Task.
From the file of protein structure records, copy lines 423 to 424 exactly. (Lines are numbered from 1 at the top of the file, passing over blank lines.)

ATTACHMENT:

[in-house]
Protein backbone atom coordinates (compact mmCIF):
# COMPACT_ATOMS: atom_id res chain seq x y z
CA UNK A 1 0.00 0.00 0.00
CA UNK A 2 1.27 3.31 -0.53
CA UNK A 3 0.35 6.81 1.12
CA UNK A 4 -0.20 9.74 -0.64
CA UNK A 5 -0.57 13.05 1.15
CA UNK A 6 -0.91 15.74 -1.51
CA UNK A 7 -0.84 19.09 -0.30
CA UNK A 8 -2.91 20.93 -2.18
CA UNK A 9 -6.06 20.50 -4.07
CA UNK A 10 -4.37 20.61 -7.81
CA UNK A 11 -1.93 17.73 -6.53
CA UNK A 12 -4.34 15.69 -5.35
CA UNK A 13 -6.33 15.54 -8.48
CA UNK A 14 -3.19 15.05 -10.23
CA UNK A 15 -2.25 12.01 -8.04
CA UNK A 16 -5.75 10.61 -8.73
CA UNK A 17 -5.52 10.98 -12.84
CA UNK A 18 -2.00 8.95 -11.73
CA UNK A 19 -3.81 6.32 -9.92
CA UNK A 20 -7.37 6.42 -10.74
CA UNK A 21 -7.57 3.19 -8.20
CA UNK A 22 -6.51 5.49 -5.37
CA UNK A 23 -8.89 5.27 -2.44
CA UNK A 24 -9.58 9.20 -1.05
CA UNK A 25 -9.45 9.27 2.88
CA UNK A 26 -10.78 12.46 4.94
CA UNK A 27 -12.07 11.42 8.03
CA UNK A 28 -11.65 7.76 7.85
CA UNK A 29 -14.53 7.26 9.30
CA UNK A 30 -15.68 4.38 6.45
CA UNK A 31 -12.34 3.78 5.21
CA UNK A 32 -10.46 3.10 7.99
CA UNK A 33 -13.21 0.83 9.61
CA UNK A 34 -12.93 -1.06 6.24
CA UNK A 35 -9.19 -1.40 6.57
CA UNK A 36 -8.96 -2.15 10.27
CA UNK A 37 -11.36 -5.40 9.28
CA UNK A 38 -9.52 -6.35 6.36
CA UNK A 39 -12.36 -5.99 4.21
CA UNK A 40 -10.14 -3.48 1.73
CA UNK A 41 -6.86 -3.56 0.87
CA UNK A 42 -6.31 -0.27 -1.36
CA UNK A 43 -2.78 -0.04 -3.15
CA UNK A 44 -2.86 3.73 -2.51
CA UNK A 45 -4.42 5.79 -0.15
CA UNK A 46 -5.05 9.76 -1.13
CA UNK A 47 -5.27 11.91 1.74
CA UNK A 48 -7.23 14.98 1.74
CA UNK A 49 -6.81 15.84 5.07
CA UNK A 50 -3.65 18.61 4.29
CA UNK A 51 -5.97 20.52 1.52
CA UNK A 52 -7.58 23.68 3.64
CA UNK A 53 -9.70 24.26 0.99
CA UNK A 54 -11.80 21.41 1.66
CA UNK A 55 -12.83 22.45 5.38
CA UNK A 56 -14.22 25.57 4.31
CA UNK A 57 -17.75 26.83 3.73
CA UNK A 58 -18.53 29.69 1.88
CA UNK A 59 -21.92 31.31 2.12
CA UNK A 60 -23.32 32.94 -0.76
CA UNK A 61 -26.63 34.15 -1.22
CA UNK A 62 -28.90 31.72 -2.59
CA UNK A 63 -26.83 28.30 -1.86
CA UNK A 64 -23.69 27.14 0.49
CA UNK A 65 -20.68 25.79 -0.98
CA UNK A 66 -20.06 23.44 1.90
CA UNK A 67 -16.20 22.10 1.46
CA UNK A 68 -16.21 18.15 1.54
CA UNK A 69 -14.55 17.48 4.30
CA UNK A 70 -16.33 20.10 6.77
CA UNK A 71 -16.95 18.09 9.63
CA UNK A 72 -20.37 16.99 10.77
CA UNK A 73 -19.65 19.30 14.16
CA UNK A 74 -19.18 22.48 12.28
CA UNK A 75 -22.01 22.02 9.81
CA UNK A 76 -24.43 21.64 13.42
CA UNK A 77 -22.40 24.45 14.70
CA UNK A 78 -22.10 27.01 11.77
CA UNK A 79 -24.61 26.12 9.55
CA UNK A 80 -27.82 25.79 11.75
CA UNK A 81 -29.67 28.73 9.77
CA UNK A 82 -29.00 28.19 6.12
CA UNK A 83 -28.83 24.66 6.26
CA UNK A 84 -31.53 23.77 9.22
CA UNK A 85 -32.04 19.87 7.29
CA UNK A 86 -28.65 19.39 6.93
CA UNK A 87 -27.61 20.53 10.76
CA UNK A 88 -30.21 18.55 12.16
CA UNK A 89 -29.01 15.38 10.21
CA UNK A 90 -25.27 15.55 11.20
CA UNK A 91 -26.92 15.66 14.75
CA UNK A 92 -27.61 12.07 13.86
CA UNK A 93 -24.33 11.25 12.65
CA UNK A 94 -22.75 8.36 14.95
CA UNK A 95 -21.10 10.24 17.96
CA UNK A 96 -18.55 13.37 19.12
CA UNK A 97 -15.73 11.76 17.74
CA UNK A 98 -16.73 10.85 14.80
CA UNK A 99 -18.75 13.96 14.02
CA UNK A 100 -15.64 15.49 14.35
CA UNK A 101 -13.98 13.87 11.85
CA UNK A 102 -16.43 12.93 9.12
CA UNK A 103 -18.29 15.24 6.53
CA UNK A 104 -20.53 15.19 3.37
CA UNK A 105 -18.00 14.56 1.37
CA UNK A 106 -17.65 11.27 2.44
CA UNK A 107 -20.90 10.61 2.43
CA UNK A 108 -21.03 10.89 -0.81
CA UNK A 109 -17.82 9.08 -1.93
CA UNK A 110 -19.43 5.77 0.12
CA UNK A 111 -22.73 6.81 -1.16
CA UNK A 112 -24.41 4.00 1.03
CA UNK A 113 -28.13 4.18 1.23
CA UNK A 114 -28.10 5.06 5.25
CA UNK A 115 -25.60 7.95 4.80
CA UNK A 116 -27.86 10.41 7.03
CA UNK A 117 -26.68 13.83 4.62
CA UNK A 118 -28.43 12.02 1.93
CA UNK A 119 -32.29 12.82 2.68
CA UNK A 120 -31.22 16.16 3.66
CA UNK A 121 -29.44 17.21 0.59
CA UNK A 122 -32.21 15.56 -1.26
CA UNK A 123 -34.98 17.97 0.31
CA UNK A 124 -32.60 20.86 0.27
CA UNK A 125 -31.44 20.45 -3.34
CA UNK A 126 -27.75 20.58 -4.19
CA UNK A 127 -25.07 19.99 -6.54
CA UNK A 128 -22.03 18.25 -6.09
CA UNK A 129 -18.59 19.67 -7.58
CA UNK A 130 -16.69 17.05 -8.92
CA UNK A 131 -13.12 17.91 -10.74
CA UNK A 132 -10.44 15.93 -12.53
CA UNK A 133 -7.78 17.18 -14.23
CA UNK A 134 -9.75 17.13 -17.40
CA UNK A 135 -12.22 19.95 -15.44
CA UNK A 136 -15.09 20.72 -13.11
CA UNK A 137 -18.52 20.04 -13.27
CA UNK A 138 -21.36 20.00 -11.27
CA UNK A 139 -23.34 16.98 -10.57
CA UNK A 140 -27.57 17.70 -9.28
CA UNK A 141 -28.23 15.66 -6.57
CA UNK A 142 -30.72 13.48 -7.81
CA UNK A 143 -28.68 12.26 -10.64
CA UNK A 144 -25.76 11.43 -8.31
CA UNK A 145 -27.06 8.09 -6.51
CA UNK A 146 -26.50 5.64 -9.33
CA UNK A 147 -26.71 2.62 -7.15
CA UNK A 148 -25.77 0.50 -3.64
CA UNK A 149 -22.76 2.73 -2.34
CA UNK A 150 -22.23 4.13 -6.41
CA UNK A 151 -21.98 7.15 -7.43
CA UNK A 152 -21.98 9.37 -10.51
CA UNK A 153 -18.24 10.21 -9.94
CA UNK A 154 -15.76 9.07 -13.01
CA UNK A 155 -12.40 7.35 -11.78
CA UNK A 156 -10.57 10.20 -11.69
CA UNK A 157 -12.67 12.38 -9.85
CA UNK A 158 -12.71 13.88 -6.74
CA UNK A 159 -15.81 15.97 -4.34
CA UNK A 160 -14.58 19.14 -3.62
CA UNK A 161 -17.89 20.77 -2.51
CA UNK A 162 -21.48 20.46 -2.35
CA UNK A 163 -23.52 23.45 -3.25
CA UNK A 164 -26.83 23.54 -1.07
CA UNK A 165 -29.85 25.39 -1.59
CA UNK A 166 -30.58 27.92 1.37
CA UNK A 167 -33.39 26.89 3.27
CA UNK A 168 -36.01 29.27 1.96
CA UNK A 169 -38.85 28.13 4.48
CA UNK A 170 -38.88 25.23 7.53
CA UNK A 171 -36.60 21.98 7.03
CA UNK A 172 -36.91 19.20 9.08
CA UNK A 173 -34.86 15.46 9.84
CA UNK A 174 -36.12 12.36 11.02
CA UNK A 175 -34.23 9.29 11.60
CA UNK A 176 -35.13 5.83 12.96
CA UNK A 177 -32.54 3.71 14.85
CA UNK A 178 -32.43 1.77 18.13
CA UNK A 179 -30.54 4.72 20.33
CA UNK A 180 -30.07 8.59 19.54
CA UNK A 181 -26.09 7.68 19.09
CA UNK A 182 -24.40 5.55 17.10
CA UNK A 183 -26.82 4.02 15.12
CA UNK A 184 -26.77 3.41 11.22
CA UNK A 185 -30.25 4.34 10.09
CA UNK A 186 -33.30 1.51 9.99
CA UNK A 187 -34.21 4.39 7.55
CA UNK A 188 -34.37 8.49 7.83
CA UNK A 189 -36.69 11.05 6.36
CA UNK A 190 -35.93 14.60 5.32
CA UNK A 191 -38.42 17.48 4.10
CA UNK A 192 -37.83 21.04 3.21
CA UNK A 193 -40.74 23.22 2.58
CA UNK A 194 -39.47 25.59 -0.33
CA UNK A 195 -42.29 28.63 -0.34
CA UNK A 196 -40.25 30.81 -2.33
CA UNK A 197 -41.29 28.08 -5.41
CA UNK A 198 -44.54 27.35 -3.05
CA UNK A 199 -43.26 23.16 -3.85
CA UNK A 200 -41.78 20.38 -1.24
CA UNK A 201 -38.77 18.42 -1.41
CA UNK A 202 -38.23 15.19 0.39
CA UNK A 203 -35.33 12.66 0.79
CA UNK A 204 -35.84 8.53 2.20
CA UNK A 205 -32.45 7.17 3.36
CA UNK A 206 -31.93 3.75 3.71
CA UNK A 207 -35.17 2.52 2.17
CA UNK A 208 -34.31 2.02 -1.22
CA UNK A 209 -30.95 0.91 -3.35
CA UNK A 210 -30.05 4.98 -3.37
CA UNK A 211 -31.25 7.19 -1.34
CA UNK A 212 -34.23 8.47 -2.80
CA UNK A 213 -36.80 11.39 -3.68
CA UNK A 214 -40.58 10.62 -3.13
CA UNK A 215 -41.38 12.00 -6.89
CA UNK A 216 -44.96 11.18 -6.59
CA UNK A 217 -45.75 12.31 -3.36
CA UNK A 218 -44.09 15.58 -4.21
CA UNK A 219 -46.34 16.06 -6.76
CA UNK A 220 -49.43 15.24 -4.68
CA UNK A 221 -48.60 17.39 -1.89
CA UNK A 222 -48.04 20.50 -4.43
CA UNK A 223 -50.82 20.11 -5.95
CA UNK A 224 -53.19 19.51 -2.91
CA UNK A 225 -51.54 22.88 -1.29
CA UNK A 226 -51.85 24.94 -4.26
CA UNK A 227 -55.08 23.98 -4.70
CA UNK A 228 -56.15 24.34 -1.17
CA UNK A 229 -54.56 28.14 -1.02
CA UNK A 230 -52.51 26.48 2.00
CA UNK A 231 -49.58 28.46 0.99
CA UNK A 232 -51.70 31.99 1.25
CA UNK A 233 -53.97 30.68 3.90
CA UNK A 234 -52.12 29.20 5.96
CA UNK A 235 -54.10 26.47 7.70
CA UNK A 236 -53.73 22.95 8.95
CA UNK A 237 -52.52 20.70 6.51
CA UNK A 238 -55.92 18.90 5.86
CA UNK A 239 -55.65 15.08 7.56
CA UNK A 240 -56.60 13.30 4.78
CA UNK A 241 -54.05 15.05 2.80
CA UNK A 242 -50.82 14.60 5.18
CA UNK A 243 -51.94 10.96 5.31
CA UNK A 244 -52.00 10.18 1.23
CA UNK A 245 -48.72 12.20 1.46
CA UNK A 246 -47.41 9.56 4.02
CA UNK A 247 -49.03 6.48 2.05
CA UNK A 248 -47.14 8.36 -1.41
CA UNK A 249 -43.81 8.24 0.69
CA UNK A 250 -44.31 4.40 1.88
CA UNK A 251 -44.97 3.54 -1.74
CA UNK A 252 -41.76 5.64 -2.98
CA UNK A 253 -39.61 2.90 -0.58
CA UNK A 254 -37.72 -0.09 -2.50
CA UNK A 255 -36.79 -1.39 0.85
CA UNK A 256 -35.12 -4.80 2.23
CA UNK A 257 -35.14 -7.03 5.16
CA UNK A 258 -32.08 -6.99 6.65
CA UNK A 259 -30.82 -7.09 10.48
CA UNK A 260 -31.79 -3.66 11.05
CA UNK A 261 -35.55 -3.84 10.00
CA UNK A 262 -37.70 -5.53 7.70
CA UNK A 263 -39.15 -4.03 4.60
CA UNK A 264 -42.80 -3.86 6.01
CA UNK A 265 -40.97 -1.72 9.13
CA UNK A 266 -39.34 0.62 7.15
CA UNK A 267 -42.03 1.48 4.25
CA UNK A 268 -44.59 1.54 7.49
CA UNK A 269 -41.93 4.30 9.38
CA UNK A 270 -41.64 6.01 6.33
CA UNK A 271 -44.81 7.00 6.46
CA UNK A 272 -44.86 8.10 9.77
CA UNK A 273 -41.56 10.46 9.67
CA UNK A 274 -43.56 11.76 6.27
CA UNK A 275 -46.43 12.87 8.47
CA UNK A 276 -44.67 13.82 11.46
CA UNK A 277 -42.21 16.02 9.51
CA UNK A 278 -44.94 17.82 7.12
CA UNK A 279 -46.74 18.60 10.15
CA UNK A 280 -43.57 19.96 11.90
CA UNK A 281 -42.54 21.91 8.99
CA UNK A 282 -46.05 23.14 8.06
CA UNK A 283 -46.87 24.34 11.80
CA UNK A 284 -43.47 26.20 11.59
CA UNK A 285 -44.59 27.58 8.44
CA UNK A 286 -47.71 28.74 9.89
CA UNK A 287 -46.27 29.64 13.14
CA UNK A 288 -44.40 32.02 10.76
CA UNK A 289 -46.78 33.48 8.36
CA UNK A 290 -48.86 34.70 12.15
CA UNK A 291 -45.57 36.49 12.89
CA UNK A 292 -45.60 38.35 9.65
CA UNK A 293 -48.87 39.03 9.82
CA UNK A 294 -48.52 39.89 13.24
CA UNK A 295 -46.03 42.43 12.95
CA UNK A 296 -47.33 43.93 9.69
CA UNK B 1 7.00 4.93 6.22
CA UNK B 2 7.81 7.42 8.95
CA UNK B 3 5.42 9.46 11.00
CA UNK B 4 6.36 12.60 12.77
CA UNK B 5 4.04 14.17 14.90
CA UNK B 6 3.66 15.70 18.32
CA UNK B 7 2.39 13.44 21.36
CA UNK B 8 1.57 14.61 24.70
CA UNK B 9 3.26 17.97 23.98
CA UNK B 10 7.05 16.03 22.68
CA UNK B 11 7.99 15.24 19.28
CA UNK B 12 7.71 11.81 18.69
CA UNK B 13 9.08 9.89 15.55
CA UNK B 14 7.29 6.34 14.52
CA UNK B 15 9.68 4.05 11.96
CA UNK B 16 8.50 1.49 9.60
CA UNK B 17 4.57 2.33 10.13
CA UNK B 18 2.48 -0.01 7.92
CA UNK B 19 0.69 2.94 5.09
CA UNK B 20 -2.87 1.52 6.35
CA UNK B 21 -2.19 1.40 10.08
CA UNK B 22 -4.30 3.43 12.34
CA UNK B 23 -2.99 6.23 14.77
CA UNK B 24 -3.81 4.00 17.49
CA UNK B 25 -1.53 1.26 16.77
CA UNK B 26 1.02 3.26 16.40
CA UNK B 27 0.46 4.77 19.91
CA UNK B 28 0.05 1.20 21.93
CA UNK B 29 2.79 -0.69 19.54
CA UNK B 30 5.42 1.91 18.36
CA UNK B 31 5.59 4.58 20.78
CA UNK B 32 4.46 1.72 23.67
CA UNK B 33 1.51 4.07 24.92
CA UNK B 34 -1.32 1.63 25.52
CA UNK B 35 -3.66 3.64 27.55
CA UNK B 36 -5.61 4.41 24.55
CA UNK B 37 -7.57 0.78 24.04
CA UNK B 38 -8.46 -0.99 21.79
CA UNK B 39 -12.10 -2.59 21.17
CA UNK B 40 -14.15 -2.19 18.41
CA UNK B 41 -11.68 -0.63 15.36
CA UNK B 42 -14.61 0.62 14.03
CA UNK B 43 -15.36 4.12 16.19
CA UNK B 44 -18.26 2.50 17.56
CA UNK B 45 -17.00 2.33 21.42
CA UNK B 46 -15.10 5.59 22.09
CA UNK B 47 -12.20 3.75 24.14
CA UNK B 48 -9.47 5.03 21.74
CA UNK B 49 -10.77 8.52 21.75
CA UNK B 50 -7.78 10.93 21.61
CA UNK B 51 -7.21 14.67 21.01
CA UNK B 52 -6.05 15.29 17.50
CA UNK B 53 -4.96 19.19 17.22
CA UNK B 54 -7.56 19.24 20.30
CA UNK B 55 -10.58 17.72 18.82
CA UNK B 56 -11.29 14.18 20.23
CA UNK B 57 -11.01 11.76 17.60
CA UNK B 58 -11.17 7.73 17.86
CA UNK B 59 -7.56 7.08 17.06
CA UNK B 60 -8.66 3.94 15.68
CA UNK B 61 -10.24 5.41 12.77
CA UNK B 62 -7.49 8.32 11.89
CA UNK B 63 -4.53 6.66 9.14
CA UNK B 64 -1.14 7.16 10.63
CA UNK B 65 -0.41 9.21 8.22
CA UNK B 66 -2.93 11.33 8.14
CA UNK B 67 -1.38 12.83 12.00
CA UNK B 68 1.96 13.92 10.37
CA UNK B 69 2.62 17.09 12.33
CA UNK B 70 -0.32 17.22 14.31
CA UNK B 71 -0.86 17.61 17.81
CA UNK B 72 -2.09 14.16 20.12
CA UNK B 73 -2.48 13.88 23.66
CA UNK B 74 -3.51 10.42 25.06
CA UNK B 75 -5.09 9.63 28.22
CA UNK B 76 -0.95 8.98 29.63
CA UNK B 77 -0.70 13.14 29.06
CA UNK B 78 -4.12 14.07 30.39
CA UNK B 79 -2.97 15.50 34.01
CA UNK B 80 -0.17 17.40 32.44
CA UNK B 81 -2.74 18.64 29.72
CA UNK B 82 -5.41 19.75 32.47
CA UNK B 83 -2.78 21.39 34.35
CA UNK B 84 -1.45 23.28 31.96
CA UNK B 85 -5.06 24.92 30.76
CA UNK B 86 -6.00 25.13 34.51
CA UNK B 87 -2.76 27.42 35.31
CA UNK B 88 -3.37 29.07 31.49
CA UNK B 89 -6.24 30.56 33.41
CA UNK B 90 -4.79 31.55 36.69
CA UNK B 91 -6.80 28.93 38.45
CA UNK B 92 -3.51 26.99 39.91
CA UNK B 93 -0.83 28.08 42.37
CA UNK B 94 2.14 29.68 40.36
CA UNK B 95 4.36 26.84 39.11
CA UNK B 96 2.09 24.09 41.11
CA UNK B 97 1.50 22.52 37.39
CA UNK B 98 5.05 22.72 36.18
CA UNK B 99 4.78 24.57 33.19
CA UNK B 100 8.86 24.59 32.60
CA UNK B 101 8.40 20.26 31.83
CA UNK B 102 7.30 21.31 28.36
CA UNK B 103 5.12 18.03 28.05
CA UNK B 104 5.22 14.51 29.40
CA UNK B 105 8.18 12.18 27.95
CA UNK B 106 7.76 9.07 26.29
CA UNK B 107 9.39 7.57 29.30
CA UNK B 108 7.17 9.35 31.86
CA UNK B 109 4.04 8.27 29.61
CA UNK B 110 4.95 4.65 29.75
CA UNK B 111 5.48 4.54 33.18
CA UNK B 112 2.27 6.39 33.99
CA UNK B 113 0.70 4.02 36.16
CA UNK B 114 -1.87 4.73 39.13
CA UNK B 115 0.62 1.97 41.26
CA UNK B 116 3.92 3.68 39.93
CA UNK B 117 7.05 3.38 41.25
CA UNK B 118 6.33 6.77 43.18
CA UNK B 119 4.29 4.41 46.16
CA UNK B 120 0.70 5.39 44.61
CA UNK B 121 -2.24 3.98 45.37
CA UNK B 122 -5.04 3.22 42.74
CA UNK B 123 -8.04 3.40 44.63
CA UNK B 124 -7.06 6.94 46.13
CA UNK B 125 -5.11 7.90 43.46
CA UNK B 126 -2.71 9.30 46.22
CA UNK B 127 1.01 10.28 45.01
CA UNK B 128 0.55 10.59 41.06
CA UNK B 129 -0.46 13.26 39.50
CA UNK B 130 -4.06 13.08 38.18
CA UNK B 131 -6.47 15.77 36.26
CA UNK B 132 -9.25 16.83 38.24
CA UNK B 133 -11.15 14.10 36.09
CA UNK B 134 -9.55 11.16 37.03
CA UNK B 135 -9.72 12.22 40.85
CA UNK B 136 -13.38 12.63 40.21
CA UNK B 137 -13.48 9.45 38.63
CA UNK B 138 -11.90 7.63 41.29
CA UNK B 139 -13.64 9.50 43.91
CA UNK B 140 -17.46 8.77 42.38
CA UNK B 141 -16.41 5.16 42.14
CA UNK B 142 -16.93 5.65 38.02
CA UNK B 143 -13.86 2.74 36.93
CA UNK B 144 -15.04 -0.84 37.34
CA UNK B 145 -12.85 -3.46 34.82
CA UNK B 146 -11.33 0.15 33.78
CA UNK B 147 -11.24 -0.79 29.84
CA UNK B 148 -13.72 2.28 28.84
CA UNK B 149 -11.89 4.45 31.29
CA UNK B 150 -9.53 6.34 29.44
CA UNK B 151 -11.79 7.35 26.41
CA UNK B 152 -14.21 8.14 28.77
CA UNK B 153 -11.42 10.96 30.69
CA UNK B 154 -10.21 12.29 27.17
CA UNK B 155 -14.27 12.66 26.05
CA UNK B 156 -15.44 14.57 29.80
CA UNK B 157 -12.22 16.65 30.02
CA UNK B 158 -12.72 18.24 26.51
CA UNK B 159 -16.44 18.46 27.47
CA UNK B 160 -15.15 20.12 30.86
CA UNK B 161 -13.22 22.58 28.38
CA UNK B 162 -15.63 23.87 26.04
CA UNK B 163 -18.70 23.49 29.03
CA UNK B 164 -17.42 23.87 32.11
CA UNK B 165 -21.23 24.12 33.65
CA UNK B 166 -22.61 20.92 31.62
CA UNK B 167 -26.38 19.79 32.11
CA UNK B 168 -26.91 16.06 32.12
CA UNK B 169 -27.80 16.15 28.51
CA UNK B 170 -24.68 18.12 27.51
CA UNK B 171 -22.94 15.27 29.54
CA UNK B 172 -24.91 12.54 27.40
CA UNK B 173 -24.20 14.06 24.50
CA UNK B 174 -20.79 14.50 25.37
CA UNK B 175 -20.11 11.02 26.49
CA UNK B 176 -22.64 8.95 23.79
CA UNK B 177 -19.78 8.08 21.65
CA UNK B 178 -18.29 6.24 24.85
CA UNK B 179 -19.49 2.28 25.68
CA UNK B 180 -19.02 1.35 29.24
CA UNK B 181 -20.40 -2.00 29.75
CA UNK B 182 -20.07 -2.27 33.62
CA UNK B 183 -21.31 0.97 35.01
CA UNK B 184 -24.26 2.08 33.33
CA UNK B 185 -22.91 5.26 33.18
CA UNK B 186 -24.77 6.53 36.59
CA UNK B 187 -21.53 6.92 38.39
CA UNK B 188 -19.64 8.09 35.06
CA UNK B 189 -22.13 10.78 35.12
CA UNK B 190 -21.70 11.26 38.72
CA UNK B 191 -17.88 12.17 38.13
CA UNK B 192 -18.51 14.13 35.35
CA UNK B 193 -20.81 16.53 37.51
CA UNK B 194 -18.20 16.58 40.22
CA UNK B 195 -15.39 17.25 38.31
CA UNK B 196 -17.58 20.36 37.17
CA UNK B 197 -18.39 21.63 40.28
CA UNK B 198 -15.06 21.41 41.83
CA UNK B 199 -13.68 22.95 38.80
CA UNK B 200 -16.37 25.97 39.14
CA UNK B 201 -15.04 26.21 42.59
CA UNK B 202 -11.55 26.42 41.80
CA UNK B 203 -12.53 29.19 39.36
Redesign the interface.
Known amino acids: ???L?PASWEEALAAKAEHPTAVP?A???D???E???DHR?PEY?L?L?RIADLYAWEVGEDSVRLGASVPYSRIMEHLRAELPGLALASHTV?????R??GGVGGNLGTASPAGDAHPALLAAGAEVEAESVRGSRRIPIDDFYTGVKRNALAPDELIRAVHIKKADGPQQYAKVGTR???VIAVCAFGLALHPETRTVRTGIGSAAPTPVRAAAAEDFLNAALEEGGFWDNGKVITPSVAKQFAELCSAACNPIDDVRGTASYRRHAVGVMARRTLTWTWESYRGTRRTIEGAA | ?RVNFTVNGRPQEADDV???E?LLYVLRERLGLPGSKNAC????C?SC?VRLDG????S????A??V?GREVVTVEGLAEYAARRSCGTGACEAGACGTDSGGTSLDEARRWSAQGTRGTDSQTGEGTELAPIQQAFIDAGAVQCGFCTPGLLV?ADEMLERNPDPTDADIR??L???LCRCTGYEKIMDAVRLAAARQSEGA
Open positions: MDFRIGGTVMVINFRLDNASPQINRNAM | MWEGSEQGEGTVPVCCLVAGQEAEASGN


CA UNK B 124 -7.06 6.94 46.13
CA UNK B 125 -5.11 7.90 43.46